We’re meant to enjoy these supposedly lazy days of summer. Yet, for parents of children with eating disorders, summer is often a time of worry. This is true for me. I have two children, ages 14 and 19, who have been diagnosed with and treated for anorexia. Even though both are in recovery, I’m more vigilant in summer, when the lack of structure and disruption to routines because of vacations and other activities can be triggering.
Since my youngest child is still early in her recovery, and she relapsed last summer after stepping down from a partial hospitalization program, I am especially watchful with her. Now that we’re here in the thick of summer again, I’m actively working to prevent summer triggers by:
- Setting a sleeping and eating schedule.
- Making sure we’re sticking to meal plans on vacations.
- Continuing to have regular visits with doctors, therapists, and nutritionists.
- Watching for signs of body dysmorphia, body checking, and other triggers.
For my kids, I’ve found that having a routine is super important. Even on days when we don’t have something going on, I expect my girls to be up by 11 a.m. and have breakfast within the first half hour. With my oldest, she’s been in recovery for much longer and is following a more relaxed eating schedule, but with my youngest, I am making sure she’s still following her meal plan. This applies to vacations, too.
We’ve taken one trip so far, and I made sure to stock our vacation rental with “easy foods” that I know they both like and that need little preparation. While we shifted time zones, I made sure to remind everyone to eat and nourish themselves. . Anxiety tends to rear up with changes in routines, so I’ve learned to plug in “downtime” on trips and schedule activities in the afternoons when my children are generally at their best.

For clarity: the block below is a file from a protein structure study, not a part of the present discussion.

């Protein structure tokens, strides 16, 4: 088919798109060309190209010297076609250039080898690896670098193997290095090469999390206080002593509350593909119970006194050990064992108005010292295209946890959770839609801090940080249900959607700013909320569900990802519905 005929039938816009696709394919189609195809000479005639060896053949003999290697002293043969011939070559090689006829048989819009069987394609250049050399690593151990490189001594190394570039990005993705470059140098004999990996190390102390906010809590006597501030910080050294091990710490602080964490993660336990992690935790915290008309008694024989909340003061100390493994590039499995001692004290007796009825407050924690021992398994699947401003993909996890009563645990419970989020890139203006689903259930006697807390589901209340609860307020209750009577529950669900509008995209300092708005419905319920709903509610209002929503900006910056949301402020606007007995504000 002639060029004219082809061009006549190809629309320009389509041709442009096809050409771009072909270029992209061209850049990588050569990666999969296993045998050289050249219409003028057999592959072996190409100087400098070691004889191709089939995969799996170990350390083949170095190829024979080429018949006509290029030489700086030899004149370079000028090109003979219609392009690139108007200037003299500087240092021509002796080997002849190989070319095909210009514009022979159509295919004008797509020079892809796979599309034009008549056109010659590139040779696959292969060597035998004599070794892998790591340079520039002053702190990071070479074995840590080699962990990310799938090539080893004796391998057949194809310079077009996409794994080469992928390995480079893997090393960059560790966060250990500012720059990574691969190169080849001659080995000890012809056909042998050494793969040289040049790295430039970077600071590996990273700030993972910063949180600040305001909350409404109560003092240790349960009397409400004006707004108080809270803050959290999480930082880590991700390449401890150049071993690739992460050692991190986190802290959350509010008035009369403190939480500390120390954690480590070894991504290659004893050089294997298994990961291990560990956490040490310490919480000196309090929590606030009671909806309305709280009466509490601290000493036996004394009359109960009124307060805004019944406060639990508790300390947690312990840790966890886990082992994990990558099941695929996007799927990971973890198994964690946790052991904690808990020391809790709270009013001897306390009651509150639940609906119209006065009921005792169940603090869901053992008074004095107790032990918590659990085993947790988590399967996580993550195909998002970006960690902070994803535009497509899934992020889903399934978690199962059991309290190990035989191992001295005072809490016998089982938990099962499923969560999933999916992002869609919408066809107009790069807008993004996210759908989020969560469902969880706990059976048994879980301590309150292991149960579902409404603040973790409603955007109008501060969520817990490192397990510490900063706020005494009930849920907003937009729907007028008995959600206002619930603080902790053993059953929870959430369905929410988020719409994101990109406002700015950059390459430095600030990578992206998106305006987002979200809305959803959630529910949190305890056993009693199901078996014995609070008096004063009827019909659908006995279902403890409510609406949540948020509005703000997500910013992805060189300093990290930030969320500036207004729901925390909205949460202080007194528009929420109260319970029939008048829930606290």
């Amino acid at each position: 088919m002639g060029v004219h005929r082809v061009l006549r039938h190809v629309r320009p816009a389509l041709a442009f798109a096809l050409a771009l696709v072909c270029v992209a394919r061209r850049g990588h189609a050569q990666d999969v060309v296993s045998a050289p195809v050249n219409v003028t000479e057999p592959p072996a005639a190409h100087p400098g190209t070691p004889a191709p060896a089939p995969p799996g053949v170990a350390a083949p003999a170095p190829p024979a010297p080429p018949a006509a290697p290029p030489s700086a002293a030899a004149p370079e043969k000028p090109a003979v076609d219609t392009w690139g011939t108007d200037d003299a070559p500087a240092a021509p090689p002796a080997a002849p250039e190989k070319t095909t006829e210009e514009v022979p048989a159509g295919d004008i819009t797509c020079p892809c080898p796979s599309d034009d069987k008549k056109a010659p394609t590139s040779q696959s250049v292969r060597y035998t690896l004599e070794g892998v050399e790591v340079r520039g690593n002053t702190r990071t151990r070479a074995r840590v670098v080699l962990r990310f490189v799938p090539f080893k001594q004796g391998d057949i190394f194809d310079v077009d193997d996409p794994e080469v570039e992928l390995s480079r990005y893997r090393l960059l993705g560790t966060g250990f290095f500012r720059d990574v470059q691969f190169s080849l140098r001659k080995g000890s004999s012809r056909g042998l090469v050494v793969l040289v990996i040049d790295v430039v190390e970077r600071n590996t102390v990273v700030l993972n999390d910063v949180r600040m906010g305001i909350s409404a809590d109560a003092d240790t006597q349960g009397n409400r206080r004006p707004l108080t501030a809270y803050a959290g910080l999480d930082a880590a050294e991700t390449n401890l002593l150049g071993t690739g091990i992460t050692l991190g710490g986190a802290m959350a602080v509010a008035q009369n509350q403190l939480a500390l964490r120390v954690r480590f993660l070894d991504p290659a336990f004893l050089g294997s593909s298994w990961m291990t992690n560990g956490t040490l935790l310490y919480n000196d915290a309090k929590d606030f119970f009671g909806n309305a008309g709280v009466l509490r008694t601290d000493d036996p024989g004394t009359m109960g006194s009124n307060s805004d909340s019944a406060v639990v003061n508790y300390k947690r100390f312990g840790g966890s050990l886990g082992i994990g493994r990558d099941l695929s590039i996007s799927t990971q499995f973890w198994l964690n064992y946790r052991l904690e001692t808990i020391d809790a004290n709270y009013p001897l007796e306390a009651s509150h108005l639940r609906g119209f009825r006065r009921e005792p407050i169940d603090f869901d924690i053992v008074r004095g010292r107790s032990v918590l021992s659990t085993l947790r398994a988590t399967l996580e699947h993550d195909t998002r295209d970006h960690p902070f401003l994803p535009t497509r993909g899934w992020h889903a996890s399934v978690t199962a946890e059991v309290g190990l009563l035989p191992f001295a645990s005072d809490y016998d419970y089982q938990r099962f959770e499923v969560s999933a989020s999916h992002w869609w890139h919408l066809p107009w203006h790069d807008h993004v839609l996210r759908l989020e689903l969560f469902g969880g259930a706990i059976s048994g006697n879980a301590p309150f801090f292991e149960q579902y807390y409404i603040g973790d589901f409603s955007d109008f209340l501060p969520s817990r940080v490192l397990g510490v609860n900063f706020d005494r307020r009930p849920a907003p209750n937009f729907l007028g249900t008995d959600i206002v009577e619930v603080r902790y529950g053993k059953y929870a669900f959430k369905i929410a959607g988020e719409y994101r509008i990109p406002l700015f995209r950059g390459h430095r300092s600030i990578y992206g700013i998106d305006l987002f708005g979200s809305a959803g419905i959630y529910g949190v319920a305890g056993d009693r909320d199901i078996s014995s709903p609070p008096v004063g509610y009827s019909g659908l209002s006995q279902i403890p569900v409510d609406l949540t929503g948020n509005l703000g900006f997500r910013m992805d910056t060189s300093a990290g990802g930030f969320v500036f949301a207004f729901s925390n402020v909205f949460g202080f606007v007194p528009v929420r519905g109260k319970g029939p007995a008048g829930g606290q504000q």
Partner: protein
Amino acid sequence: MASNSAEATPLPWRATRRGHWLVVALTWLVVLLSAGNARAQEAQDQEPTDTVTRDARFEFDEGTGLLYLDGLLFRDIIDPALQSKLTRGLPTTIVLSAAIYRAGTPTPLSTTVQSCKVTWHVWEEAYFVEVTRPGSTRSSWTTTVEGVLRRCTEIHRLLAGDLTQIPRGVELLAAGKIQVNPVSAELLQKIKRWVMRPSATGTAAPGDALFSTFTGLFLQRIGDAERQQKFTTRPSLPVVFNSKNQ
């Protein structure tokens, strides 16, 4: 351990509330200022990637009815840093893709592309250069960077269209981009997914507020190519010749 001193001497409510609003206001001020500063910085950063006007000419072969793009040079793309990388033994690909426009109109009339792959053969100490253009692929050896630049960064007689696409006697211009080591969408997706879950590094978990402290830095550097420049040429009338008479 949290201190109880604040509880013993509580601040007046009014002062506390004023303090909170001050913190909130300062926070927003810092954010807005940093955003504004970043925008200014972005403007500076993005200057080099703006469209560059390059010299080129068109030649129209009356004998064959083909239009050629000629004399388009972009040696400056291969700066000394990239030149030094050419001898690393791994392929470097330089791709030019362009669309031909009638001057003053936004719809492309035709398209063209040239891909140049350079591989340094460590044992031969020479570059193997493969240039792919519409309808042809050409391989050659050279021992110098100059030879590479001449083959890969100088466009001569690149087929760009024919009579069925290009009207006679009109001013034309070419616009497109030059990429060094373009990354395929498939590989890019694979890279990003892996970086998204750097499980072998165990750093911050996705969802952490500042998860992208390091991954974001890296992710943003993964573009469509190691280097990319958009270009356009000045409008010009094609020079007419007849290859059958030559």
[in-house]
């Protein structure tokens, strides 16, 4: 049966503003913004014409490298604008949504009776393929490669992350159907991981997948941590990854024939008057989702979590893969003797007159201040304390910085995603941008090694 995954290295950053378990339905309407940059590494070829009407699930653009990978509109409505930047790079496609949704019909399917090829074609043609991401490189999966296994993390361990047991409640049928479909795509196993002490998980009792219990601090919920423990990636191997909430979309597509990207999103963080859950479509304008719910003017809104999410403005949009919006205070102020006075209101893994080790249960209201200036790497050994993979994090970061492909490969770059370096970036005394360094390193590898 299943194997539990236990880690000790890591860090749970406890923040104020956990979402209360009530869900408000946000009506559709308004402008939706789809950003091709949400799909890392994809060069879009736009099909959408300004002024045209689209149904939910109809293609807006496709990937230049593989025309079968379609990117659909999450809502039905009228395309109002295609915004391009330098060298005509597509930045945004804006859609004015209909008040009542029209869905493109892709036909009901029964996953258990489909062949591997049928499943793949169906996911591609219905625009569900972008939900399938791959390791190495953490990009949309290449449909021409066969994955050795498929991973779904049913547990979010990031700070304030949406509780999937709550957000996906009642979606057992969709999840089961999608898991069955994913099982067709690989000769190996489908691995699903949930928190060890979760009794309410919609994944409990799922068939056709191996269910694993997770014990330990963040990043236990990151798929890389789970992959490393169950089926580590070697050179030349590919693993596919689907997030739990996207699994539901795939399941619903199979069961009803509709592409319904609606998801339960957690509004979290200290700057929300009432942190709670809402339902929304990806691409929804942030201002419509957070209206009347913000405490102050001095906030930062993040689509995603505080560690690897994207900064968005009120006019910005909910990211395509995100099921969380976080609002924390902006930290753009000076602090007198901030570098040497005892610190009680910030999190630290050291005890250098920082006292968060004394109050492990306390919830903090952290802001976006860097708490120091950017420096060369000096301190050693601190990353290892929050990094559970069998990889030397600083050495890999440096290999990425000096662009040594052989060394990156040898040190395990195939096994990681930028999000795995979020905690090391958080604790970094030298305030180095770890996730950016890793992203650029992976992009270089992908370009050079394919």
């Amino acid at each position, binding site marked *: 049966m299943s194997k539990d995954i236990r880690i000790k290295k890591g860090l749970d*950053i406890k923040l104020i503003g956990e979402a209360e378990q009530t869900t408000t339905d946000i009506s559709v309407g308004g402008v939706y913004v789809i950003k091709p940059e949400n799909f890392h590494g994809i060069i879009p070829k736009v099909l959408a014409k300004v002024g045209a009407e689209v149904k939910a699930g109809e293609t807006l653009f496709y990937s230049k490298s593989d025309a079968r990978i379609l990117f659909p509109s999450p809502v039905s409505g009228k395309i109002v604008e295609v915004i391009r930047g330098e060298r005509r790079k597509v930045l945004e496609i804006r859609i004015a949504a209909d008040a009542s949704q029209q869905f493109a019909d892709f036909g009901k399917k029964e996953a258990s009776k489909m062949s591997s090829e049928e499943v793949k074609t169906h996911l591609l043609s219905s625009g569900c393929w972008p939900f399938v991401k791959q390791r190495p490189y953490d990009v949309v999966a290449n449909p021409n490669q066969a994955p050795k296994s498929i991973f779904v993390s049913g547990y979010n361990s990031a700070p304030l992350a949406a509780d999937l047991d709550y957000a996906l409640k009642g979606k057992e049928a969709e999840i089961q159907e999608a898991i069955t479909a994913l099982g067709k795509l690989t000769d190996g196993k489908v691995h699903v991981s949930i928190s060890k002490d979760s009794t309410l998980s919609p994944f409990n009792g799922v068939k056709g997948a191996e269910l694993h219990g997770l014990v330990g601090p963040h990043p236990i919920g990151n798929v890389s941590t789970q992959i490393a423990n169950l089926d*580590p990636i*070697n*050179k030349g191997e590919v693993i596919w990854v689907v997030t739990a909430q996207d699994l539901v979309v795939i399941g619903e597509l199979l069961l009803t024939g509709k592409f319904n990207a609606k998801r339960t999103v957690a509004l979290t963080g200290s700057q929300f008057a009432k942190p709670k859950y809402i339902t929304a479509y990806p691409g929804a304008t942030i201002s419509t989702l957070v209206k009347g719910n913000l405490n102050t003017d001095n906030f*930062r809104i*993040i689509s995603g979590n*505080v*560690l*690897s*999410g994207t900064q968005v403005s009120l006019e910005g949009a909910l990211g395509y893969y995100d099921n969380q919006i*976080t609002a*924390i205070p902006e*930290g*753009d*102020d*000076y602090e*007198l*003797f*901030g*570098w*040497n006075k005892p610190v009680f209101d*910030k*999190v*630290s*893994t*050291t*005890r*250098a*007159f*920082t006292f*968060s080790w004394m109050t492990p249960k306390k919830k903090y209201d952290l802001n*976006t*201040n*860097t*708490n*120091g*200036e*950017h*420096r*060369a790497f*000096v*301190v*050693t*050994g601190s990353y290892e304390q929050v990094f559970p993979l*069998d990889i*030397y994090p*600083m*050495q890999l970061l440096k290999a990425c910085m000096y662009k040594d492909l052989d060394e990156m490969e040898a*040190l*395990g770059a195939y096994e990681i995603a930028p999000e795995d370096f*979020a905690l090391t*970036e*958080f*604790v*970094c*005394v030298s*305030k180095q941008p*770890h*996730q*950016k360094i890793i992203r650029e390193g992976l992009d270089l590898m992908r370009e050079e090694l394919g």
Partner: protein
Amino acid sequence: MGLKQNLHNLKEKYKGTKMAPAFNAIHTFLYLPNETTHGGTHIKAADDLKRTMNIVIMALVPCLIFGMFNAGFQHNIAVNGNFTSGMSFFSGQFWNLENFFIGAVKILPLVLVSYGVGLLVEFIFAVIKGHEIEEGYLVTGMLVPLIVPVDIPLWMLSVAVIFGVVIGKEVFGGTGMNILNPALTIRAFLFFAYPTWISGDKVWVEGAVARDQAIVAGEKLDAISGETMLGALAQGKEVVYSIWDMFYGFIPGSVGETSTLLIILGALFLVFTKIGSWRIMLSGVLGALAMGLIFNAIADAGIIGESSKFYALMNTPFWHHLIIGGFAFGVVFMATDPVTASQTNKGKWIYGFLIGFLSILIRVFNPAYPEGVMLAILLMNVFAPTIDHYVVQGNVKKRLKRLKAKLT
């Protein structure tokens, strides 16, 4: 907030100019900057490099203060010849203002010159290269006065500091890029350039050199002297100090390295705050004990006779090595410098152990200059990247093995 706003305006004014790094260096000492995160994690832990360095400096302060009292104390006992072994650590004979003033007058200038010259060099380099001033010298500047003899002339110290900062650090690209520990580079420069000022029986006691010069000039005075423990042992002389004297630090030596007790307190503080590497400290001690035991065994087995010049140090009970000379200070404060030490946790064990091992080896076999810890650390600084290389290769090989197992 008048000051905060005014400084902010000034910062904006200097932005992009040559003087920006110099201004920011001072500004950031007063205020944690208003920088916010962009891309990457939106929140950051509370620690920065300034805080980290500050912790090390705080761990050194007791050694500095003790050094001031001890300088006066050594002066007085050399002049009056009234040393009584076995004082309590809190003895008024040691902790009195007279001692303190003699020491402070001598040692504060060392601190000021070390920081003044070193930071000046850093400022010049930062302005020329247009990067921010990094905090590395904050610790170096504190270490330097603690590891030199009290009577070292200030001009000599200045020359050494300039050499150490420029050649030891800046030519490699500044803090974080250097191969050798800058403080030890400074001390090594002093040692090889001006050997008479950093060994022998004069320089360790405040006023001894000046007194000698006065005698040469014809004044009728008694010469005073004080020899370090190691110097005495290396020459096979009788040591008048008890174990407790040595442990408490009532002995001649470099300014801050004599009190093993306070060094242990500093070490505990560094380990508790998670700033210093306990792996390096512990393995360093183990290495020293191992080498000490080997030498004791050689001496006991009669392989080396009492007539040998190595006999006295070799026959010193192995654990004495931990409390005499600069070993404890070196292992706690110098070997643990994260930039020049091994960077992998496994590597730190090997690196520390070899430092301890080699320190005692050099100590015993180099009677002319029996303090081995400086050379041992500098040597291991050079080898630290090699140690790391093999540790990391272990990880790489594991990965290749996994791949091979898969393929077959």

As much as I can, I’m minimizing disruption to scheduled appointments with doctors, nutritionists, and therapists. The benefit to virtual appointments is we’ve been able to do them even when we’re on vacation. Fortunately, my youngest is at the point where she no longer needs to see an eating disorder specialist, but she is continuing to see her nutritionist every other week and her therapist regularly.
Summer is often a time when body dysmorphia issues come up because we’re wearing bathing suits, showing more skin, and unfortunately comparing our own bodies to others. Last summer, my youngest child didn’t want to wear a bathing suit at all. This summer, she proactively asked me to take her swimsuit shopping since none of hers fit. I considered that a huge milestone! Because it’s so hot in Texas, our whole family is spending a lot of time in the water, and in a way, it’s been a pleasant form of exposure therapy.
While prevention is important, I can’t fix every issue. Even with my best efforts, summer brings challenges for children with eating disorders. My kids are probably dealing with some that they aren’t telling me about. So, I’m just working to stay open, listening, and checking in more.
Kristi Koeter is a marketing and communications leader with 20 years of experience as a journalist, writer, and editor. She is the mother of two children who have been diagnosed with and treated for eating disorders. She is co-author of the book Show Your Work and writes the newsletter Almost Sated (https://www.almostsated.com/) about detoxing from diet culture. When she isn’t writing, you’ll find her mountain biking, hiking, or spending time with her family in Austin, Texas.